By William Shakespeare
Published by Librivox
Read by Alys AtteWater, Annie Coleman Rothenberg, Brett Shand, Graham William, Hugh McGuire, Justine Young, Fox in the Stars. Martin Clifton, Mark F. Smith and Stefan Schmelz
Well, it finally happened. I have endeavored to write a review of an audiobook, dramatic reading or radio play once a week. It is a sort of experiment to see how long I could do it without skipping a week. I still will not have skipped a week, but the latest audiobook I am listening to in my car is not yet finished and I will not review without listening to a recording all the way through. Fortunately, Librivox.org has come to my rescue with a recording of Shakespeare’s Sonnet #73 so my streak continues for now…
Q1 That time of year thou mayst in me behold
When yellow leaves, or none, or few, do hang
Upon those boughs which shake against the cold,
Bare ruin’d choirs, where late the sweet birds sang.
Q2 In me thou see’st the twilight of such day
As after sunset fadeth in the west;
Which by and by black night doth take away,
Death’s second self, that seals up all in rest.
Q3 In me thou see’st the glowing of such fire,
That on the ashes of his youth doth lie,
As the death-bed whereon it must expire,
Consum’d with that which it was nourish’d by.
C This thou perceiv’st, which makes thy love more strong,
To love that well which thou must leave ere long.
Now if anyone expects me to trash even the least of Shakespeare’s scribblings, forget it. I started writing novels about twenty-eight years ago because I read a published story that was so bad, I was certain I could do better. Yes, I know how trite that sounds and I don’t even remember who wrote that particular waste of paper and ink. I suppose I should recall the full details of my original inspiration, but I think my mind is protecting me from the horrendous trauma recall might bring. Or else it really was that forgettable.
Sonnet 73 is about old age or perhaps about the loss of youth. The experts do not entirely agree. Some even criticize Shakespeare’s metaphors and if you want a learned discussion of this relatively short poem, I recommend starting with the entry on Wikipedia and then start looking up the sources cited in the footnotes. There are men and women who have spent their lives examining Shakespeare’s sonnets, but I am not one of them. However this is one of the more oft-quoted sonnets, especially the line, “….where late the sweet birds sang.”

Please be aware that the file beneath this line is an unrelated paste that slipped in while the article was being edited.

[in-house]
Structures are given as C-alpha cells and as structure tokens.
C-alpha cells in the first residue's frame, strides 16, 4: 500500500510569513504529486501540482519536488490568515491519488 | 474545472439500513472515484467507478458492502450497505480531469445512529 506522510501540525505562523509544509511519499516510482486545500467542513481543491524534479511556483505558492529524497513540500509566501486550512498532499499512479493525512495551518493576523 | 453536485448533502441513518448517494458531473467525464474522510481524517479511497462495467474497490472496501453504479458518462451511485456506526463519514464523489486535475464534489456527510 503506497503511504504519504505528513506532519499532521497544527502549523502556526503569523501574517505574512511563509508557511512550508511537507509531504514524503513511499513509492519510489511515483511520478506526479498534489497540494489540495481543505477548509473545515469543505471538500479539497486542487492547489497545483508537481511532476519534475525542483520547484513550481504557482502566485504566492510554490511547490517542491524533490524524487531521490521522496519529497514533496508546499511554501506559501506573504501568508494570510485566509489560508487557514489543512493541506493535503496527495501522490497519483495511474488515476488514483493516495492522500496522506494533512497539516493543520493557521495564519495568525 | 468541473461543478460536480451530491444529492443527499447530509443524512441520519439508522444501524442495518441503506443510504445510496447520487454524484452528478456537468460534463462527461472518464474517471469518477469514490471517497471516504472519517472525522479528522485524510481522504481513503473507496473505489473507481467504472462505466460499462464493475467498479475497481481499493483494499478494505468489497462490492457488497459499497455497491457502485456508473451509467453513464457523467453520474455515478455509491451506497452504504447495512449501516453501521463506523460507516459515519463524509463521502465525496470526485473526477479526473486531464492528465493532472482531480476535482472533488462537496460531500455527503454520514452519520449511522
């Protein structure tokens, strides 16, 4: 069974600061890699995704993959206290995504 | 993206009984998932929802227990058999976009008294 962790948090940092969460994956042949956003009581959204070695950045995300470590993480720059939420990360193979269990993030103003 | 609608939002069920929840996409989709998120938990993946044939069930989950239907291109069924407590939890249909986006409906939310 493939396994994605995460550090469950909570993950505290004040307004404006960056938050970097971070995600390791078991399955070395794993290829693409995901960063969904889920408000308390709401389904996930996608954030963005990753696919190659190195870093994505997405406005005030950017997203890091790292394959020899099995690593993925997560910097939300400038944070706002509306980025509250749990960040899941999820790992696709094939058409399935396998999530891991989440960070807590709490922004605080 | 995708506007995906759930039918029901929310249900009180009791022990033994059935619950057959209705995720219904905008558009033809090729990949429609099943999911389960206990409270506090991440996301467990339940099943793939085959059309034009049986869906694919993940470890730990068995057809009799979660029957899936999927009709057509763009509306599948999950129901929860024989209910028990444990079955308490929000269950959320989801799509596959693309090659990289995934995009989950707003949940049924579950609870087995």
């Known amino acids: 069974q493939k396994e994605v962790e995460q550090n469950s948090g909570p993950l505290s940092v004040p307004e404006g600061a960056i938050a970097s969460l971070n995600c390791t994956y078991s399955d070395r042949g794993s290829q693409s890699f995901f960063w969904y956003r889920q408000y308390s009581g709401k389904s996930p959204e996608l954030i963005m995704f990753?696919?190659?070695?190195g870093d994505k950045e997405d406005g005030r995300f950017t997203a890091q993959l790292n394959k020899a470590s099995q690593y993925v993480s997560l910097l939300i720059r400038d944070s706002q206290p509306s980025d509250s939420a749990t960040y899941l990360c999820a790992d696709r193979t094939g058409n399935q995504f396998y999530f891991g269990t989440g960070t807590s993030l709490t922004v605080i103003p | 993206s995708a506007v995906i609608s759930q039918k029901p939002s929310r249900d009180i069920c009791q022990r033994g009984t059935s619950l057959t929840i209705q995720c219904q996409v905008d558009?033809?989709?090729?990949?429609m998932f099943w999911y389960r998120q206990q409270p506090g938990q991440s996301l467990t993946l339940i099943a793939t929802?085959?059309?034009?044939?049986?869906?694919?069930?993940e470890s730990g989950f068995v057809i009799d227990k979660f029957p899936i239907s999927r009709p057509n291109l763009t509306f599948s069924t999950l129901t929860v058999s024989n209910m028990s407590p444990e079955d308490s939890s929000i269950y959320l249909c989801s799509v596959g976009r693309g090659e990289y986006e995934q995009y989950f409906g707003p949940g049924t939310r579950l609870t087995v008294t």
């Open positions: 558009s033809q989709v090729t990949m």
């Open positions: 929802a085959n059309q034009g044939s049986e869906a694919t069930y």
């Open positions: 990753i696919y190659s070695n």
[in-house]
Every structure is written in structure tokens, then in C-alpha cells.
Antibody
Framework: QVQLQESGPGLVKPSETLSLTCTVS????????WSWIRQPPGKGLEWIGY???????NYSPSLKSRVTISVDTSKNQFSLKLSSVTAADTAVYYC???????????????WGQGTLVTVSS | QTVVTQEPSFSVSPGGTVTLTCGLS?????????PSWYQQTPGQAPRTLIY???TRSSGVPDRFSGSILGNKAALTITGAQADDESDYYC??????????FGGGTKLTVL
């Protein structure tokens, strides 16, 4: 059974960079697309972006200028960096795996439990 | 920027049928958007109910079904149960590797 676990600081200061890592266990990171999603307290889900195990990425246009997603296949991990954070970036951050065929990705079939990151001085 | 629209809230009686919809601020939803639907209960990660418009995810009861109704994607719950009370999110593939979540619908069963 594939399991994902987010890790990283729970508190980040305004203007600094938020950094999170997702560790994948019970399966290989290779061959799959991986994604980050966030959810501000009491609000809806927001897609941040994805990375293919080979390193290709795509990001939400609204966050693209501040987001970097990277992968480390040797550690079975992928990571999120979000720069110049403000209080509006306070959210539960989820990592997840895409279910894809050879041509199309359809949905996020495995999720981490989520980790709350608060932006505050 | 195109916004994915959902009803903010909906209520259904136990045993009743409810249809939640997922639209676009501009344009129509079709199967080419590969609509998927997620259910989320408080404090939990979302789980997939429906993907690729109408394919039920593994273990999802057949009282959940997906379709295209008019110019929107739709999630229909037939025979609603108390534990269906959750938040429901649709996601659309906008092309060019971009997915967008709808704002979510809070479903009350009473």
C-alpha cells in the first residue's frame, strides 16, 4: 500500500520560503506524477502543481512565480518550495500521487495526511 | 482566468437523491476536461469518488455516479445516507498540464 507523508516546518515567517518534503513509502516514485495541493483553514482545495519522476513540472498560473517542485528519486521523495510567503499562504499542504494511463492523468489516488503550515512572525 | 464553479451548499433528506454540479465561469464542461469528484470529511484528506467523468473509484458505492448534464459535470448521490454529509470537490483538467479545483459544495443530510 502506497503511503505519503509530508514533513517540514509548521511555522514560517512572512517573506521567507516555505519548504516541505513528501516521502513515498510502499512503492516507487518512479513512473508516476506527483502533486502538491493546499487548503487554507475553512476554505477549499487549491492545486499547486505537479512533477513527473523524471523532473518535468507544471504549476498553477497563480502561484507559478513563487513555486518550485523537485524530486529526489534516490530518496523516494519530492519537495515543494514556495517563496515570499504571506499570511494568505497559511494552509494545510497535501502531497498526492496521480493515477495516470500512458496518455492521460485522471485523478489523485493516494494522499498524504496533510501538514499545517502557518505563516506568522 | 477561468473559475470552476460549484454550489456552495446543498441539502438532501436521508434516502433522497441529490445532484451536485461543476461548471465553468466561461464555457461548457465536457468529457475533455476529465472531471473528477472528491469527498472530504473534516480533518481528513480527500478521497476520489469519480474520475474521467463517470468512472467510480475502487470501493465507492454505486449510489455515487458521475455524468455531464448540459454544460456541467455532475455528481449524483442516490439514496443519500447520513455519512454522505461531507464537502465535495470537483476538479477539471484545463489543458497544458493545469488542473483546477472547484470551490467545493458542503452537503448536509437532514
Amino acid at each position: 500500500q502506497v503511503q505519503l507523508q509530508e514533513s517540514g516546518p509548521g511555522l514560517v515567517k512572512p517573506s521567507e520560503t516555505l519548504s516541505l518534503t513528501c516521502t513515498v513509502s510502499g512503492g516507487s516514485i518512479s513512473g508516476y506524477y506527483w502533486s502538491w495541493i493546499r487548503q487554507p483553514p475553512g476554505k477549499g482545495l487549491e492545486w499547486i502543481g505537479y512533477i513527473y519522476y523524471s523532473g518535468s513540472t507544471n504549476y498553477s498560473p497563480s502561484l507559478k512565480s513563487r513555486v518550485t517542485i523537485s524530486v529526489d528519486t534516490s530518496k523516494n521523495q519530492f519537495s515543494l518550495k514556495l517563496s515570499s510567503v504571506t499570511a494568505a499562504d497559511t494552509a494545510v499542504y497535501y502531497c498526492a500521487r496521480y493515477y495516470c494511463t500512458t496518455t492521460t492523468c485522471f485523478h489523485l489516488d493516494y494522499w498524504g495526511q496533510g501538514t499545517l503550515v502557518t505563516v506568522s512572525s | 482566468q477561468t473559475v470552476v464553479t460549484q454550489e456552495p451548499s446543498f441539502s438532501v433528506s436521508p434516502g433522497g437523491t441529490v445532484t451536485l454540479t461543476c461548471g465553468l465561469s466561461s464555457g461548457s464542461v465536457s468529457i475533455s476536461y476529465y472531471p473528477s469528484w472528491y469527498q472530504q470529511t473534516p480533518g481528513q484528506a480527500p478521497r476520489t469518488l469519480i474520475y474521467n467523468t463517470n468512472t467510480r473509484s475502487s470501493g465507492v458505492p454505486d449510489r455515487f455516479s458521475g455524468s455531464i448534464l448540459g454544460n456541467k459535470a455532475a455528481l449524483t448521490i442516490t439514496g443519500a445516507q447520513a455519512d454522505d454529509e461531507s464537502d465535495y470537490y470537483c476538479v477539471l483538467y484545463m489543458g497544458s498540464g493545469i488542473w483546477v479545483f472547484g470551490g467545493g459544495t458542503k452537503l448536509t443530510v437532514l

The true worth of a poem is whether or not it is appreciated by the listener and I think this one is definitely worth listening to,
This collection of ten recordings was done to celebrate the Bard’s birthday back in 2006. Like most Librivox offerings in which multiple readers are used, this one is a mixed bag although none of the readers are horrible and some are quite enjoyable, indeed.
I was somewhat surprised that a friend of mine, Alys AtteWater, was not only one of the readers, but the lead-off reader of the project. I was a bit worried to see her name because I would truly hate to give a friend a bad reviewed, but I need not have feared at all. Alys’ reading was a perfect lead-in to the others and definitely one of the best of the ten.
One of the interesting things about listening to multiple readers of the same poem is the chance to get multiple perspectives and interpretations of the work. Because this collection was so short, I listened through it three times and I think I enjoyed it a little more each time.